Lastly, I would say look for companies that can demonstrate their command of how they utilize various technologies that help digitize and enhance program performance. There are a lot of different technology companies that are entering this space and they have different tools and capabilities that can help us either operate more effectively internally or they streamline the process and help us identify and attract talent for our suppliers or our clients much faster. 

F: And I just want to go back to a point, you just mentioned there about the customized global solutions, and you mentioned earlier about specific regions needing a different setup. And I know with AGS being a global company, there's probably different challenges in each region of the world that you kind of need to know about so you can react and help your partners. Can you get given the example of these challenges? 

FW: So the primary challenge that we focus on when we're looking at global solutions where multiple countries within multiple continents exist, is making sure that we adhere to the different laws and regulations that exist in each country, and that they have employees for both procuring and managing contract labor or services spend. We have several programs where we hold contracts and manage treasury in certain countries, but we can't in others do to local laws and regulations. Then there are other markets where we have cross border recruiting policies and regulations that have to be factored in as we're standing up the different delivery models, and how companies can recruit talent from one country from another and pull them into the program. So all of these different laws and regulations need to be identified and acknowledged and factored into the overall solution of the program that you're building for our company. 

F: Perfect, thank you. And how do you see the advancements in technology within our sector affecting MSP services for the better? 

FW: I think I'll start by saying technology in our space is evolving at a rapid pace and is going to continue to do so as employers strive to grow and succeed in a world where workers with critical skills are scarce and the competition for these employees is very high. As far as the specific advancements that we're seeing within the sector, I see, or we see a lot of companies aggregating data from various talent channels and leveraging the power of artificial intelligence and machine learning, to simplify the hiring process and gain better access and faster access to available talent.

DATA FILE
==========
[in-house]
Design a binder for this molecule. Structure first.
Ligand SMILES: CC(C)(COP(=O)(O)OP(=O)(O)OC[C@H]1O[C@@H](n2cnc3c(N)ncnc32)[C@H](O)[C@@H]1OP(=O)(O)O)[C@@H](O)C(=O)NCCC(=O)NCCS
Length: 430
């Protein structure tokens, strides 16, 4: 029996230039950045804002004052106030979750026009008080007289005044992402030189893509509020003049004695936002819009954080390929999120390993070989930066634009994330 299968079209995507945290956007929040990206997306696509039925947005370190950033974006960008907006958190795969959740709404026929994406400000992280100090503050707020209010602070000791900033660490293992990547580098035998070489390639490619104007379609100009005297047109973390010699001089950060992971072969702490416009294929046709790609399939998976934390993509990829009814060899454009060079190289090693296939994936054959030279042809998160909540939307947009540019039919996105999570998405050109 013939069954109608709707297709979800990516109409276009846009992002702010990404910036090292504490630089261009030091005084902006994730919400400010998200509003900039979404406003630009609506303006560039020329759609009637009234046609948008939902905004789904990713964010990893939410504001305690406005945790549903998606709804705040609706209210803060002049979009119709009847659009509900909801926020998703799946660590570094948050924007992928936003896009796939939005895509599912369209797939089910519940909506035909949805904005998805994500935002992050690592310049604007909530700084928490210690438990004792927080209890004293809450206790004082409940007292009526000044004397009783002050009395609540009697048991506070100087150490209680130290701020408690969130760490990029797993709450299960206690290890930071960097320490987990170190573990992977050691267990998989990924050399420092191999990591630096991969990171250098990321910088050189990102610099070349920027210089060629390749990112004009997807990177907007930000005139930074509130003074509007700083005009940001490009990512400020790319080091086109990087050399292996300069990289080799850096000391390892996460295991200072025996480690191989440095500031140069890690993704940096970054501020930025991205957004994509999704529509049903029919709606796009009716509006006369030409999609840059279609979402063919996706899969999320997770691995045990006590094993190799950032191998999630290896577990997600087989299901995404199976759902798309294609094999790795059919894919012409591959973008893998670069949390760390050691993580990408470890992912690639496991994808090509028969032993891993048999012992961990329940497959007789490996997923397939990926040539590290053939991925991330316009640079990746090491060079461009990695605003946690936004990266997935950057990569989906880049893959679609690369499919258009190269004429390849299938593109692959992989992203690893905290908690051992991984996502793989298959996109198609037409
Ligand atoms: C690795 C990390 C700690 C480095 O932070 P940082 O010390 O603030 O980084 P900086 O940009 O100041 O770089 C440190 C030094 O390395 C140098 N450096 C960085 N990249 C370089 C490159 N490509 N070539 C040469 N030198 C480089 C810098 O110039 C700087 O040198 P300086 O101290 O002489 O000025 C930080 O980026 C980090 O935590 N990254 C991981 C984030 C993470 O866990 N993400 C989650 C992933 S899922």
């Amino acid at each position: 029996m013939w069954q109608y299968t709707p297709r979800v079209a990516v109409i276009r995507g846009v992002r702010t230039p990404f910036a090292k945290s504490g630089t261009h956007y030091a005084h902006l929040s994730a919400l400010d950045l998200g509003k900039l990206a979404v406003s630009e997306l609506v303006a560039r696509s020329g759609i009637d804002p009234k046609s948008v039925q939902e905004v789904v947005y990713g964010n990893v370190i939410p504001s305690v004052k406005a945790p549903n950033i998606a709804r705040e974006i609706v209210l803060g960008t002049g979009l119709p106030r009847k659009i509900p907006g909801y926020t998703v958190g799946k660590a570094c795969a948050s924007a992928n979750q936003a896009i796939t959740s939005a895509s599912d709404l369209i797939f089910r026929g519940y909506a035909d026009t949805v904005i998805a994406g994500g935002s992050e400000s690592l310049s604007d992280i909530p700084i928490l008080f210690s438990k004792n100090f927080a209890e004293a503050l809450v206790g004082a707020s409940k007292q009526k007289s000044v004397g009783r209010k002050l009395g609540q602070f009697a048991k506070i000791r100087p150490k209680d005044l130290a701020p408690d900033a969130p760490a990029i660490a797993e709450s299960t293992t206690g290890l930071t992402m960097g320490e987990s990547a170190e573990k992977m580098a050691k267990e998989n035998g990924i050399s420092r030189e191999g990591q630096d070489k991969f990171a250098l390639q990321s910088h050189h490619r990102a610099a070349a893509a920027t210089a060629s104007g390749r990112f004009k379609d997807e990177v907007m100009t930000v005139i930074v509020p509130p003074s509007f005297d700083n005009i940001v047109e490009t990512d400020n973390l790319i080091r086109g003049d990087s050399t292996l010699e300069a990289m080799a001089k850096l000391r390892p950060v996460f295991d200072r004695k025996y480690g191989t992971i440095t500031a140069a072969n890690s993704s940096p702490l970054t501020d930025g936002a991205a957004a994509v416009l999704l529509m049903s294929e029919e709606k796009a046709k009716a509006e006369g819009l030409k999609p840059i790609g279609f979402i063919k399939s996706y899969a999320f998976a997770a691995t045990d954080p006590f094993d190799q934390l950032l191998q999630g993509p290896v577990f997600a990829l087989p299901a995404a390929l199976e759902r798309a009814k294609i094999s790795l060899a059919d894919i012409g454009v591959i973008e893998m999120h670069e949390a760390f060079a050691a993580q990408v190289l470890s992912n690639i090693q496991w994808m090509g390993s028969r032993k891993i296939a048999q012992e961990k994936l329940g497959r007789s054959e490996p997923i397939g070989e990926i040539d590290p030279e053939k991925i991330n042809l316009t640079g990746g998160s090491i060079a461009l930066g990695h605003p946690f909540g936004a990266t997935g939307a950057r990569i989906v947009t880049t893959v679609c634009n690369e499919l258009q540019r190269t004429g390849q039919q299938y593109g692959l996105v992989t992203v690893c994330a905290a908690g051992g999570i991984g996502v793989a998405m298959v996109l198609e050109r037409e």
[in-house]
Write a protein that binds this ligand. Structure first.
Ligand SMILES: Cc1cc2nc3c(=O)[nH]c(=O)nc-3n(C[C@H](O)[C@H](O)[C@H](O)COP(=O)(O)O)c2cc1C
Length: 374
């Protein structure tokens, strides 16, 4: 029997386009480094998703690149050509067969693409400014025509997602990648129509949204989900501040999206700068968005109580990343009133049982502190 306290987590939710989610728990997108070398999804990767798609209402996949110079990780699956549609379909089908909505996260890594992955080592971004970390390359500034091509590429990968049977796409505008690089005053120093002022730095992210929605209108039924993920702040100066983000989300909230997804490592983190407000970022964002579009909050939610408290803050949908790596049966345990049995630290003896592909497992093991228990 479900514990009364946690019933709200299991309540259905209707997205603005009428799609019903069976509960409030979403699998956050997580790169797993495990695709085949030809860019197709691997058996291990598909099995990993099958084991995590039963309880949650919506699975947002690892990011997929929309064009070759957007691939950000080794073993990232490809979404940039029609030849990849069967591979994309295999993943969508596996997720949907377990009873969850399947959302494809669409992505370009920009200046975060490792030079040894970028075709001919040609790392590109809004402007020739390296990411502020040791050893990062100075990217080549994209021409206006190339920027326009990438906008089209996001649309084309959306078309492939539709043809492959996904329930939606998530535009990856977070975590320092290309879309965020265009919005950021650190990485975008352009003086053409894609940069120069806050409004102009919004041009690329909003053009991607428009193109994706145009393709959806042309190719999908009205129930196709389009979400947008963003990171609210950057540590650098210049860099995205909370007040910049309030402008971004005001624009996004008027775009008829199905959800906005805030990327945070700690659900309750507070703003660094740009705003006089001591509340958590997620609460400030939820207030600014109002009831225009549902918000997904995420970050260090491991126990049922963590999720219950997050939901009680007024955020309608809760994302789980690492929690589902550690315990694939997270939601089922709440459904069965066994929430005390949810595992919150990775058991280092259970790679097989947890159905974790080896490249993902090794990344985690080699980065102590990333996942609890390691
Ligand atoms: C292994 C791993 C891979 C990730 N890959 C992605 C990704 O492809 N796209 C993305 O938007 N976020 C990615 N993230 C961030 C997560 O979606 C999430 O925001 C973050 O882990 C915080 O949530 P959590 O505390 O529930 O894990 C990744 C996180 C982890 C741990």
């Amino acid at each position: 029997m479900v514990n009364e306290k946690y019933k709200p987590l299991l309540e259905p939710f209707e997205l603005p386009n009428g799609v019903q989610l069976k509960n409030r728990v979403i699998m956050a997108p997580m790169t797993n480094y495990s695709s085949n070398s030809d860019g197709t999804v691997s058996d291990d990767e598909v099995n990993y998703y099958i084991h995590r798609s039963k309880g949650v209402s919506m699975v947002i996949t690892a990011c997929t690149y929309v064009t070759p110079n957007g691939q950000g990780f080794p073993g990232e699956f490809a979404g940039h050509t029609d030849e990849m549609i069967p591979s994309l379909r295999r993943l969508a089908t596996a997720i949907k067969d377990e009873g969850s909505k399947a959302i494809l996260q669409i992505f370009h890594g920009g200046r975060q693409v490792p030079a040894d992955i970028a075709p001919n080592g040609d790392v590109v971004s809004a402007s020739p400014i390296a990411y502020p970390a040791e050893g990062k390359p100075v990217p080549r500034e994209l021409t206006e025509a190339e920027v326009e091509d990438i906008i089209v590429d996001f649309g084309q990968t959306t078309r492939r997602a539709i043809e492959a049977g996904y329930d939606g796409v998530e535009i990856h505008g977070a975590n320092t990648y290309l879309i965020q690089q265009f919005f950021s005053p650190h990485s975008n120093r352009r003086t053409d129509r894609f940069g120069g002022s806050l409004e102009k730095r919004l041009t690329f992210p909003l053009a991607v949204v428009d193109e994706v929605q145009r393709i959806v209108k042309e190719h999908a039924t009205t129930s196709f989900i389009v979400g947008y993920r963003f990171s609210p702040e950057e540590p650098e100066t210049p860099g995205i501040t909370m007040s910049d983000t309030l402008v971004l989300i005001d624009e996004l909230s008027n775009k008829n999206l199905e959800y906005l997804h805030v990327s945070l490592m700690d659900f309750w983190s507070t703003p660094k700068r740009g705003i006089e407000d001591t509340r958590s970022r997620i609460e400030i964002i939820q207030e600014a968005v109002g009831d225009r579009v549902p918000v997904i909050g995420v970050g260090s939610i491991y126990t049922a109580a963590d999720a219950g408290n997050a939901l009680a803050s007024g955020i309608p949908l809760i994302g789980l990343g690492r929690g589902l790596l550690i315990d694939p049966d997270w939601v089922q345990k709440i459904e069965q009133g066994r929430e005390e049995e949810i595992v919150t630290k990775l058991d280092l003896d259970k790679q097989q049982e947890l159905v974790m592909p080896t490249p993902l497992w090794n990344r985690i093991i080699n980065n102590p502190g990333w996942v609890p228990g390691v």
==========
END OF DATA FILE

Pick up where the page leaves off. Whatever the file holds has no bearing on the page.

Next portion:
We're going to continue to see advancements in how companies use chatbots for recruitment activities like sourcing and shortlisting, so essentially these advancements in technology are going to help transform recruiters and staffing specialists into what we're calling talent advisors. And these are resources that have the expertise to help deconstruct their requested work or a project that a company has, and use the data coming from these different tools and systems, that can help guide a hiring manager to make the best decision possible when selecting talent based on their need for quality, speed, and cost containment 

F: Talent advisors, I like it. It's like in a lot of different industries now, technology is coming in and it's just adding value to people's roles, and it sounds like this is what's happening here. It'll take over a lot of tasks and then the talent advisors are going to become much more valuable. 

FW: Yeah, you'll find it to be much more consultative based on the data they have available to them now that they didn't have available to them three, four or five years ago. 

F: Great. And if we think about organizations that have MSPs in place and they want to kind of build upon that partnership, what other service offerings would pair well for clients that have a mature MSP?